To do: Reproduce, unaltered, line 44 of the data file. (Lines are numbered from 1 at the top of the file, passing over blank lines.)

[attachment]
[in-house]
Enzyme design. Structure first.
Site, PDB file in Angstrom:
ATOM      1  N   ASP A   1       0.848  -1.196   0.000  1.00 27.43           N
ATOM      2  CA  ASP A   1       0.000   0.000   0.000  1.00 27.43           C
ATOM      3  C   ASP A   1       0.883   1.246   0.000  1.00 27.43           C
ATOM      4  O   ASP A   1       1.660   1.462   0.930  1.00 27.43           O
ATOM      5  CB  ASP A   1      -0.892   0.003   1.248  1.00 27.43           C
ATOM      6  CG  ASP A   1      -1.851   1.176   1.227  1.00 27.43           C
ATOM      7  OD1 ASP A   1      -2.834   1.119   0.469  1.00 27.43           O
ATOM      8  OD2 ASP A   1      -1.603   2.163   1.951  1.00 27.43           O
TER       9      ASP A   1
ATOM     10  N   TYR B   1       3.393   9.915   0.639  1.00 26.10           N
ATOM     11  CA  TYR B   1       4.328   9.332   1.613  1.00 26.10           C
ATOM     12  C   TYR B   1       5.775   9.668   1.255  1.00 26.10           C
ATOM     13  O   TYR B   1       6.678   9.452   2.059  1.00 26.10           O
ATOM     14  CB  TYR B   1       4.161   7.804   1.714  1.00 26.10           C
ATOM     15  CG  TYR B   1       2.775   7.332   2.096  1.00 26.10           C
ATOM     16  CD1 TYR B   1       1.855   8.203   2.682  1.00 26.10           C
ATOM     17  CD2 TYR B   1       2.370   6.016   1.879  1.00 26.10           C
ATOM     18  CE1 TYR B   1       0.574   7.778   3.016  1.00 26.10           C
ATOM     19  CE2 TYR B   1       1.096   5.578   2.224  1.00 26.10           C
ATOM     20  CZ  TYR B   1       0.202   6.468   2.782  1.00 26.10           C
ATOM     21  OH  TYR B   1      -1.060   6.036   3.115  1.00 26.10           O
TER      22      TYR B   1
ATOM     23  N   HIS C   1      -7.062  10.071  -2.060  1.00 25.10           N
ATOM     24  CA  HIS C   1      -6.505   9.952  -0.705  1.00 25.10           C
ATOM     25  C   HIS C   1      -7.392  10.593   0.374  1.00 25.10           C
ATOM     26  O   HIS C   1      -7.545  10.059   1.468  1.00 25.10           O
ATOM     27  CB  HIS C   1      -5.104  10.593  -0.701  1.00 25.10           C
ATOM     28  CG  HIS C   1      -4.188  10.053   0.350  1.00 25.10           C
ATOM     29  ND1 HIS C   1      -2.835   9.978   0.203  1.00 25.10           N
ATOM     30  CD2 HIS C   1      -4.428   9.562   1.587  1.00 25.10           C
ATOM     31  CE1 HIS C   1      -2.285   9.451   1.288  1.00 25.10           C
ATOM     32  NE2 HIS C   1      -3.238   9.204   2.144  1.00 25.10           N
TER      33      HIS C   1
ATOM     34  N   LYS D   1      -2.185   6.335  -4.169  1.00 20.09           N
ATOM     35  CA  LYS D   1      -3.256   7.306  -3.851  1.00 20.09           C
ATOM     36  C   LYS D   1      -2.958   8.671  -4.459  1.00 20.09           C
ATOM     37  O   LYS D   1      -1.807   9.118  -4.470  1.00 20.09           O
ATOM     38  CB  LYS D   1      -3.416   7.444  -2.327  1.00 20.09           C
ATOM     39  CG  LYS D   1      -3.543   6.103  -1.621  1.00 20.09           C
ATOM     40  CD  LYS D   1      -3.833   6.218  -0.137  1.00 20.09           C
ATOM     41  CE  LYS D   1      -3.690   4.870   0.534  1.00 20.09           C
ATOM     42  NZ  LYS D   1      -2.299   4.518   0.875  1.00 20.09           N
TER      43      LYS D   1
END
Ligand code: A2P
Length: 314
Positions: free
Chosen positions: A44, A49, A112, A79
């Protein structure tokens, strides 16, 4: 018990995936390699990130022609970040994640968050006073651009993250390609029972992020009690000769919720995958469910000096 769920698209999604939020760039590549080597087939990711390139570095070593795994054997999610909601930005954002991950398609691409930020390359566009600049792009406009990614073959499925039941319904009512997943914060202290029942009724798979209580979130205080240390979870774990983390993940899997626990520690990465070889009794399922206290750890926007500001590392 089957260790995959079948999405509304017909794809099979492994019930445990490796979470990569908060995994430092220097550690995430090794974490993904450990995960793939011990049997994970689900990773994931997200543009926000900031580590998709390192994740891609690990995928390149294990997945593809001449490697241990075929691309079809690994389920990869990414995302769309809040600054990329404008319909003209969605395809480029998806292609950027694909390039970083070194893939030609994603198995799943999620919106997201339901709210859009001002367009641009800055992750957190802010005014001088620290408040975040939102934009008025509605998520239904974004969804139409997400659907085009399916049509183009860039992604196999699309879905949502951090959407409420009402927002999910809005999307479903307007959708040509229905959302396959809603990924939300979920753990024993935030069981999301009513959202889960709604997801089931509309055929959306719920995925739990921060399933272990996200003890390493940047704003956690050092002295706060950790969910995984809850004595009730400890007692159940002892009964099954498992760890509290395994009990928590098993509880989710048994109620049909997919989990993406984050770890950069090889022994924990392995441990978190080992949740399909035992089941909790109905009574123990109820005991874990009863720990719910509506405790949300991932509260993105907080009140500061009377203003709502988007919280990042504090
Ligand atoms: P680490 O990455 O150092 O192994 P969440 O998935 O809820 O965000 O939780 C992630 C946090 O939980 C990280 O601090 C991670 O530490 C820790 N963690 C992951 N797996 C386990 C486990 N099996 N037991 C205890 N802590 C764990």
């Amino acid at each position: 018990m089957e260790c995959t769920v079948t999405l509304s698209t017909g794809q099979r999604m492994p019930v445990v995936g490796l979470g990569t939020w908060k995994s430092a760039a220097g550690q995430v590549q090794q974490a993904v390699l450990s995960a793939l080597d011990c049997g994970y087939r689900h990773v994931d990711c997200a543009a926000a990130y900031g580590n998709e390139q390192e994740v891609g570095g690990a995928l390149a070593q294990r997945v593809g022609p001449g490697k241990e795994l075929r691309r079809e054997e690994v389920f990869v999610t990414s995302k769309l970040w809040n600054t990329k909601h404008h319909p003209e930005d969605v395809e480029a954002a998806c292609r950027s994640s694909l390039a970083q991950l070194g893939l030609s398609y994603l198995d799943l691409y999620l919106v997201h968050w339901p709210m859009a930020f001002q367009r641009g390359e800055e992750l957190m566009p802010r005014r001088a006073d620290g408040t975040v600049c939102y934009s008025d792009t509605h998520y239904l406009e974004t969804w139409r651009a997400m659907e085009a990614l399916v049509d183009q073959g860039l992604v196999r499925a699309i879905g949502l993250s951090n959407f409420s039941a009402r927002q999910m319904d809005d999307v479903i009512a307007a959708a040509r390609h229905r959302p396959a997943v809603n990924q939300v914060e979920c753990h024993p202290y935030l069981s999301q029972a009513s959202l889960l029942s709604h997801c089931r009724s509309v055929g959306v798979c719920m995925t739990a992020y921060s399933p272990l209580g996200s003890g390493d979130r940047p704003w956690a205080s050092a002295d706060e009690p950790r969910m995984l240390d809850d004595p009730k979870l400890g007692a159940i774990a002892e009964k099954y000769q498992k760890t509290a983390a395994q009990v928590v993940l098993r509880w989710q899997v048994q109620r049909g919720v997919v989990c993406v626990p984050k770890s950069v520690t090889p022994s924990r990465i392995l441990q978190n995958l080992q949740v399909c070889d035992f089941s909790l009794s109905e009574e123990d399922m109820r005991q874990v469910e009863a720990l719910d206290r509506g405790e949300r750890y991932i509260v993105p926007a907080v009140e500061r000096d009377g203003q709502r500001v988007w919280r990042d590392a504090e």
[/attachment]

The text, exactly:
ATOM     41  CE  LYS D   1      -3.690   4.870   0.534  1.00 20.09           C